Syria’s inflation rate stood at 38.8 percent in July on an annual basis.

Years after most of its counterparts, one of Europe’s largest commercial banks has just decided to stop all relations with Syria’s banking sector.

Syria’s Large Taxpayers Unit, which groups the country’s largest corporations and wealthiest individuals, posted in 2015 a 30 percent increase in its revenues.

The value of the shares traded during the first month of the year in the Damascus Securities Exchange almost doubled from December.

Revenues generated by the customs department increased last year in Syrian Pound terms, although this was only the consequence of the decline in the value of the currency.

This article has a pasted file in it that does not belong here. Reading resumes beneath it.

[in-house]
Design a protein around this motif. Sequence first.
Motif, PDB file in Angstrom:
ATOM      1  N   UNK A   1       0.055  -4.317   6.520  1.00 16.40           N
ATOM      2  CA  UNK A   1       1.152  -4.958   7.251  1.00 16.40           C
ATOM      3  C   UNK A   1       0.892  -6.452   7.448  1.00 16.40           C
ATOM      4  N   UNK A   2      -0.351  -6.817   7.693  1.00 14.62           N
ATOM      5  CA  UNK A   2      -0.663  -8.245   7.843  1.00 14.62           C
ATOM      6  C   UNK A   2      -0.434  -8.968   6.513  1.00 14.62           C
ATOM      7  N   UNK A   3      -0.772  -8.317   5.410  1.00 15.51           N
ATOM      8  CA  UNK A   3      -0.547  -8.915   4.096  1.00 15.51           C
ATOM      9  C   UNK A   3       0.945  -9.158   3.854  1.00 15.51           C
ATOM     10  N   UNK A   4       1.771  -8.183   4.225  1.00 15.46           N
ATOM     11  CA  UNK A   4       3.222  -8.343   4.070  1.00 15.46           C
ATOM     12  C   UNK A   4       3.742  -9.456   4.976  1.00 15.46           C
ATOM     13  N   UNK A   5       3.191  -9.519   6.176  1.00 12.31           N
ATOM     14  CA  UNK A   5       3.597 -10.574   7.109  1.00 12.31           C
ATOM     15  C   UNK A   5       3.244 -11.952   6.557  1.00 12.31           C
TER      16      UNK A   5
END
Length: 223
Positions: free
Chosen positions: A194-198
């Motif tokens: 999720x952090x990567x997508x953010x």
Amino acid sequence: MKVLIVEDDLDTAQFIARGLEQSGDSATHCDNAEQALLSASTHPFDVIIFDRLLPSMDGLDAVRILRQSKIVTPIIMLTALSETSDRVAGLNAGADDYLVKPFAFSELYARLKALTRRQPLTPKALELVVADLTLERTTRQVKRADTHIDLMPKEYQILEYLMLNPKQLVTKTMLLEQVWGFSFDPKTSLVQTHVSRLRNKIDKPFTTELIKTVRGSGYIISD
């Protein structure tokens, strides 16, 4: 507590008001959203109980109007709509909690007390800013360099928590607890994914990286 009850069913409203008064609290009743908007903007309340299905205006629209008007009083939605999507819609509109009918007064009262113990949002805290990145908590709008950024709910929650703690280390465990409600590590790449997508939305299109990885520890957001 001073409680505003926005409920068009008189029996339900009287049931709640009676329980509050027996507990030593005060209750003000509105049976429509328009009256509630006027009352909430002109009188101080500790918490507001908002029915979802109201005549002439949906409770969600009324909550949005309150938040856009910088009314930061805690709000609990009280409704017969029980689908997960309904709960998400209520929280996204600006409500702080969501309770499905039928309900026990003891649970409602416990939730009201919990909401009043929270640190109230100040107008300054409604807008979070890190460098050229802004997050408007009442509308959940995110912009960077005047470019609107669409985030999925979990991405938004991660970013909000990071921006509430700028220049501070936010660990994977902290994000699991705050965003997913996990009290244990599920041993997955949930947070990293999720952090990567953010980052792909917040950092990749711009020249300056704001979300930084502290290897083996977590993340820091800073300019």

The Syrian Government is continuing its policy of granting targeted tax exemptions to businesses in a bid to generate more resources.

The full text in Arabic of Law 4/2016 exempting companies from fines for their overdue payments to the Social Security Organization issued on January 06, 2016.

Syria’s main stock market index gained 1.53 percent in December to close at 1,227.86 on December 30.

A new law regulating the repayment of debts owed to Syria’s public sector banks was passed last week as the Government seeks to recover as much funds as possible.

The full text in Arabic of Law 26/2015 on the Settlment of Debts owed to the state-owned commercial banks issued on December 29, 2015.